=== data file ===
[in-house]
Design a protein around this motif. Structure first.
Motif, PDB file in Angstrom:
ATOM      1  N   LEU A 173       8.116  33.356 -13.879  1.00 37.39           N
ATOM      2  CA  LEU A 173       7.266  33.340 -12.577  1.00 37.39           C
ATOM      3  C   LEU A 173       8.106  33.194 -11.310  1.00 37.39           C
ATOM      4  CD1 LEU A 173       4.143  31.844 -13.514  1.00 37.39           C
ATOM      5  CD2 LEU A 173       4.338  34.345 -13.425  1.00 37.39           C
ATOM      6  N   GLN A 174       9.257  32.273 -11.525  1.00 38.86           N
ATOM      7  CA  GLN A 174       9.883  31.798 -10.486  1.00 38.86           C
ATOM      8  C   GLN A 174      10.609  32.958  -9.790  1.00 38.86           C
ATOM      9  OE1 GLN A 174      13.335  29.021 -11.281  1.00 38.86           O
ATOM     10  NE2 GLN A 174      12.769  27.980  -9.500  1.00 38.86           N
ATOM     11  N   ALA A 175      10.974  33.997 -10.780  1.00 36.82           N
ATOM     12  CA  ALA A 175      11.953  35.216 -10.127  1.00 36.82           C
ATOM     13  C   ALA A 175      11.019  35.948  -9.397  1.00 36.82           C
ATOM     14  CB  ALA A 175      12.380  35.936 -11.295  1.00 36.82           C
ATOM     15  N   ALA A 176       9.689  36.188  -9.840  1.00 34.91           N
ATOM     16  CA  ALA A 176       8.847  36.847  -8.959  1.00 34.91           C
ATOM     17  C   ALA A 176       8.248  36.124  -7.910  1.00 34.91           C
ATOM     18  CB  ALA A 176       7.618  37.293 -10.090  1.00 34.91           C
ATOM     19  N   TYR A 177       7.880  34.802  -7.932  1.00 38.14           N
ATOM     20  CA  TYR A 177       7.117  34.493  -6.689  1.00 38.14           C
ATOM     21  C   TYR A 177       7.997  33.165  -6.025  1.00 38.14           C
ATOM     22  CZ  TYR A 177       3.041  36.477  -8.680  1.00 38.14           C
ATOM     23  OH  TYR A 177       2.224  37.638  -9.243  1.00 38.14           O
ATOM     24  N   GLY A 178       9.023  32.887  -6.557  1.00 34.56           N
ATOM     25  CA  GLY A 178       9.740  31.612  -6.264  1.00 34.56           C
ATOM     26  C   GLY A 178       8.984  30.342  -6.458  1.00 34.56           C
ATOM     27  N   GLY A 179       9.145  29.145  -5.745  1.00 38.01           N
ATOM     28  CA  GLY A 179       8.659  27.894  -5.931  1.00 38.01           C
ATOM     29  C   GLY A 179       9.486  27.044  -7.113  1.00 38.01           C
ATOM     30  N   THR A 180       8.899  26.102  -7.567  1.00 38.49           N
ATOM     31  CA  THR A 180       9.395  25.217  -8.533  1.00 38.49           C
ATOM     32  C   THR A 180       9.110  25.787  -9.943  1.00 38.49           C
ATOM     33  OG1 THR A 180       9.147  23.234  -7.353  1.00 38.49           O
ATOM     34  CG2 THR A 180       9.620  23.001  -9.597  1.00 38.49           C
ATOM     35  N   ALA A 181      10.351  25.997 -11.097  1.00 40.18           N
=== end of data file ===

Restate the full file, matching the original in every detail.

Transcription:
[in-house]
Design a protein around this motif. Structure first.
Motif, PDB file in Angstrom:
ATOM      1  N   LEU A 173       8.116  33.356 -13.879  1.00 37.39           N
ATOM      2  CA  LEU A 173       7.266  33.340 -12.577  1.00 37.39           C
ATOM      3  C   LEU A 173       8.106  33.194 -11.310  1.00 37.39           C
ATOM      4  CD1 LEU A 173       4.143  31.844 -13.514  1.00 37.39           C
ATOM      5  CD2 LEU A 173       4.338  34.345 -13.425  1.00 37.39           C
ATOM      6  N   GLN A 174       9.257  32.273 -11.525  1.00 38.86           N
ATOM      7  CA  GLN A 174       9.883  31.798 -10.486  1.00 38.86           C
ATOM      8  C   GLN A 174      10.609  32.958  -9.790  1.00 38.86           C
ATOM      9  OE1 GLN A 174      13.335  29.021 -11.281  1.00 38.86           O
ATOM     10  NE2 GLN A 174      12.769  27.980  -9.500  1.00 38.86           N
ATOM     11  N   ALA A 175      10.974  33.997 -10.780  1.00 36.82           N
ATOM     12  CA  ALA A 175      11.953  35.216 -10.127  1.00 36.82           C
ATOM     13  C   ALA A 175      11.019  35.948  -9.397  1.00 36.82           C
ATOM     14  CB  ALA A 175      12.380  35.936 -11.295  1.00 36.82           C
ATOM     15  N   ALA A 176       9.689  36.188  -9.840  1.00 34.91           N
ATOM     16  CA  ALA A 176       8.847  36.847  -8.959  1.00 34.91           C
ATOM     17  C   ALA A 176       8.248  36.124  -7.910  1.00 34.91           C
ATOM     18  CB  ALA A 176       7.618  37.293 -10.090  1.00 34.91           C
ATOM     19  N   TYR A 177       7.880  34.802  -7.932  1.00 38.14           N
ATOM     20  CA  TYR A 177       7.117  34.493  -6.689  1.00 38.14           C
ATOM     21  C   TYR A 177       7.997  33.165  -6.025  1.00 38.14           C
ATOM     22  CZ  TYR A 177       3.041  36.477  -8.680  1.00 38.14           C
ATOM     23  OH  TYR A 177       2.224  37.638  -9.243  1.00 38.14           O
ATOM     24  N   GLY A 178       9.023  32.887  -6.557  1.00 34.56           N
ATOM     25  CA  GLY A 178       9.740  31.612  -6.264  1.00 34.56           C
ATOM     26  C   GLY A 178       8.984  30.342  -6.458  1.00 34.56           C
ATOM     27  N   GLY A 179       9.145  29.145  -5.745  1.00 38.01           N
ATOM     28  CA  GLY A 179       8.659  27.894  -5.931  1.00 38.01           C
ATOM     29  C   GLY A 179       9.486  27.044  -7.113  1.00 38.01           C
ATOM     30  N   THR A 180       8.899  26.102  -7.567  1.00 38.49           N
ATOM     31  CA  THR A 180       9.395  25.217  -8.533  1.00 38.49           C
ATOM     32  C   THR A 180       9.110  25.787  -9.943  1.00 38.49           C
ATOM     33  OG1 THR A 180       9.147  23.234  -7.353  1.00 38.49           O
ATOM     34  CG2 THR A 180       9.620  23.001  -9.597  1.00 38.49           C
ATOM     35  N   ALA A 181      10.351  25.997 -11.097  1.00 40.18           N